Experiencing Dragon*Con for the First Time

I recently returned from a trip to Dragon*Con, which is held annually in Atlanta, Georgia. It is held over the four days surrounding Labor Day weekend. The convention bills itself as the largest multimedia and pop-culture convention focused on science fiction, comics, gaming, art, music and film in the universe.

This year marked the 25th anniversary of Dragon*Con, but it was my first trip. After spending the weekend amongst an estimated fifty-thousand attendees, it is definitely a sight to behold. To the uninitiated, Dragon*Con could be described as a very large costume party, since the majority of the attendees were costumed as a favorite comic, movie or science fiction character. Imagine thousands of fans of Doctor Who, Star Wars, Star Trek, Tron and Battlestar Gallactica as well as others in obscure costumes and you’ll get the idea. Nearly everyone else had a camera of some sort, and I fell into the latter group.

So why did I go to Dragon*Con in the first place? My 12-year old daughter is a talented artist and aspiring comic book illustrator. She has been tutored by various artists, and they all told her she should make us take her. So in October 2010, we made reservations at the Marriott Marquis Atlanta, one of the five host hotels for Dragon*Con. Rooms sell out in hours, and we were lucky to secure a reservation. We had heard the horror stories about the long registration lines, so we opted to buy our passes after arriving. It turned out to be a great bet. The pre-registered line on Friday was around two hours long. We made it through the non-registered line in less than a half hour.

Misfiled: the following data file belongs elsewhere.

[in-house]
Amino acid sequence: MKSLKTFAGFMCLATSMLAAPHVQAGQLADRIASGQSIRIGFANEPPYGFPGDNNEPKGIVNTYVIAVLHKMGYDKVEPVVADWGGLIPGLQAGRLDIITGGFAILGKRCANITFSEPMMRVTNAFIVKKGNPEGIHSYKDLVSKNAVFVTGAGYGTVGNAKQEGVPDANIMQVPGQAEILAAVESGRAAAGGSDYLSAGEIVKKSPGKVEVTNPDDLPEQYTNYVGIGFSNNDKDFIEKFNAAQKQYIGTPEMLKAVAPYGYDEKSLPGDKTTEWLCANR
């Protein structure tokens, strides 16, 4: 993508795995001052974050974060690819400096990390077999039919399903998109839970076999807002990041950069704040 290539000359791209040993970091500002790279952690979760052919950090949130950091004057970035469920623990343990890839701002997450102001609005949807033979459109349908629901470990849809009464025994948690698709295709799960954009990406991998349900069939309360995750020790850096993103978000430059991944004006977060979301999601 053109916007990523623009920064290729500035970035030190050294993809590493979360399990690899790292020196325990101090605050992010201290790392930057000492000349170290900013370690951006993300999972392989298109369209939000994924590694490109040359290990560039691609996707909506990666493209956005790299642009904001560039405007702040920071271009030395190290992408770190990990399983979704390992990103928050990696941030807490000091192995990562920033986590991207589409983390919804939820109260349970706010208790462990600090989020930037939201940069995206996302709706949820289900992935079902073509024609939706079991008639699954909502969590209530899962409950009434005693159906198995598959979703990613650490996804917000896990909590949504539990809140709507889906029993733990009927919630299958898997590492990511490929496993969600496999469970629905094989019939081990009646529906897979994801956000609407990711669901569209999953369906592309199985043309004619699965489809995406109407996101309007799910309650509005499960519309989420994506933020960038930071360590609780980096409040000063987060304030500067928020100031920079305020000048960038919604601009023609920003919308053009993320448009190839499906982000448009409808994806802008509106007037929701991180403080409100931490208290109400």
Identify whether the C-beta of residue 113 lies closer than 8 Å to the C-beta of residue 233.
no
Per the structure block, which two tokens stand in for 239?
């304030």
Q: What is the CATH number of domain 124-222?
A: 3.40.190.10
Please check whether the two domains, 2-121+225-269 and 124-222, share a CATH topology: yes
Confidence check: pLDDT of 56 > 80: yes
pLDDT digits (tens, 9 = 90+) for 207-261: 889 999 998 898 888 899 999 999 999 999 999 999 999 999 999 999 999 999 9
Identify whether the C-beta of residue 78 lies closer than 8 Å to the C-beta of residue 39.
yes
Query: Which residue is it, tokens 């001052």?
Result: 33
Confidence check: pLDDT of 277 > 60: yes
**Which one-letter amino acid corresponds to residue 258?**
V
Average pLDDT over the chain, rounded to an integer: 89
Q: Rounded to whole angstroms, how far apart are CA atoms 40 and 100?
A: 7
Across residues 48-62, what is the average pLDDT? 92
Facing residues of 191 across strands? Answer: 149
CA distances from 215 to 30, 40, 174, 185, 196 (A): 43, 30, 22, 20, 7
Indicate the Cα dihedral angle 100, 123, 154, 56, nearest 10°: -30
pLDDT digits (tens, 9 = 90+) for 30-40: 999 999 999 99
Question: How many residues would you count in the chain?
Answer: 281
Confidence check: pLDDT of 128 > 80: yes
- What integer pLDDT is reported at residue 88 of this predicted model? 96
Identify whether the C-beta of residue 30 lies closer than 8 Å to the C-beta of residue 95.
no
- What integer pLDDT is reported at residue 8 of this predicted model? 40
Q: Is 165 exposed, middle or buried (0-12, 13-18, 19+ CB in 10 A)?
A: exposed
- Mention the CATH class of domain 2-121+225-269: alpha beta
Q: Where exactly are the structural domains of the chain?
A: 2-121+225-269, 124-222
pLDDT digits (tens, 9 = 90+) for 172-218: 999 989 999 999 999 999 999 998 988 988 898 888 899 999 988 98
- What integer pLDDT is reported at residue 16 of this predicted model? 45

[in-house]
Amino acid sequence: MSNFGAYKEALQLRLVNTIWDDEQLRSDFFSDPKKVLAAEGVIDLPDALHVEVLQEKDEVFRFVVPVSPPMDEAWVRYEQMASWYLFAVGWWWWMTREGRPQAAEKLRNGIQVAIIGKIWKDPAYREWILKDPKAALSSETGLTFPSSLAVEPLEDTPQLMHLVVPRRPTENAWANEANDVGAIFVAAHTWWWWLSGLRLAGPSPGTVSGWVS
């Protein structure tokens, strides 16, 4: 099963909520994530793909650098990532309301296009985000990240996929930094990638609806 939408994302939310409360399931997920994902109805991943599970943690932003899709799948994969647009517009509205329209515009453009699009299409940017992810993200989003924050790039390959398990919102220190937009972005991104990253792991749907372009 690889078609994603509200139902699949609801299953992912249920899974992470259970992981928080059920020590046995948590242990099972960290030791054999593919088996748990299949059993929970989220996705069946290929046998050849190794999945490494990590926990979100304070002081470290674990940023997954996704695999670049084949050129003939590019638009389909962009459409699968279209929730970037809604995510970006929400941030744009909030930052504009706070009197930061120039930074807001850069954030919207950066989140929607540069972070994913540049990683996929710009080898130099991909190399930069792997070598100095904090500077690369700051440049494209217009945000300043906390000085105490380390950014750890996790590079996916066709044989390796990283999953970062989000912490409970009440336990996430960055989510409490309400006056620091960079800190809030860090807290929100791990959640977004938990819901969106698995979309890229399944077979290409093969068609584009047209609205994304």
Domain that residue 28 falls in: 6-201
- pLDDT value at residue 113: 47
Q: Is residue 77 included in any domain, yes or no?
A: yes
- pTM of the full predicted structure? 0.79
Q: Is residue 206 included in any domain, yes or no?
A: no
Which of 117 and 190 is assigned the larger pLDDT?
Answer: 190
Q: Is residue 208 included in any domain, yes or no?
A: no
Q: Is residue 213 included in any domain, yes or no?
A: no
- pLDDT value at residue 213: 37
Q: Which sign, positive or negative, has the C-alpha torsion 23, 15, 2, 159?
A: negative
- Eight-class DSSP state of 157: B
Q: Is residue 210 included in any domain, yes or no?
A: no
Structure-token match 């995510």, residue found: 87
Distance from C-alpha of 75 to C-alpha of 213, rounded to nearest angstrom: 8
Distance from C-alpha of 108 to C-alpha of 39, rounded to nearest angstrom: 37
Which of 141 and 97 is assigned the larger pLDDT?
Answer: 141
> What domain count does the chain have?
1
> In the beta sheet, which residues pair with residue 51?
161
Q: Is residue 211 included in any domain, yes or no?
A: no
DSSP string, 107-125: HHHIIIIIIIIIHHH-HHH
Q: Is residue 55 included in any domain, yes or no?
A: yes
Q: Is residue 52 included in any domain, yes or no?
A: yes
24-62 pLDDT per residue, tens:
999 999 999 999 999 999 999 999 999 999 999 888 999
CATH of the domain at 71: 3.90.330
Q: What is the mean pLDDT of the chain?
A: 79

Once you have your badge, you get a pocket guide, if you can call 128 pages “pocket”. The iPhone app turned out to be more useful, when you could get a cell tower. We checked out the three dealer rooms with vendors offering everything from comics and dice to T-shirts and Victorian pieces to complete your Steampunk costume. We attended the parade where hundreds of the best costumes take over Peachtree Street in downtown Atlanta. We attended a few of panels from more than 30 different fan tracks. We checked out the art show where my daughter met a few of her favorite artists in person. And we barely scratched the surface that is the Dragon*Con iceberg!

What did we learn at Dragon*Con?

  • There are groups of people that spend a lot of time and money to get their costume as close to script accurate as possible. There were many impressive costumes.
  • A simple sandwich in the hotel will cost you around $9, but a short trek across the sky bridge to the Peachtree Plaza Mall leads to better food and more reasonable prices.
  • Take an empty spot on an elevator no matter which direction it’s going. If you wait until it is going the direction you need to go, you will be waiting a very long time.
  • An autograph from [insert any sci-fi actor] requires a small investment.
  • Just when you think you are a fan of [insert any sci-fi series], you will always find someone who is a bigger fan!

Will we go back? Even with thousands in attendance, most people were genuinely friendly. The hotel staff went out of their way to be helpful. And when my daughter was asked if she had a good time and wanted to go back next year, she enthusiastically responded, “most definitely!” That sums it up for me. Hope to see you there in 2012.

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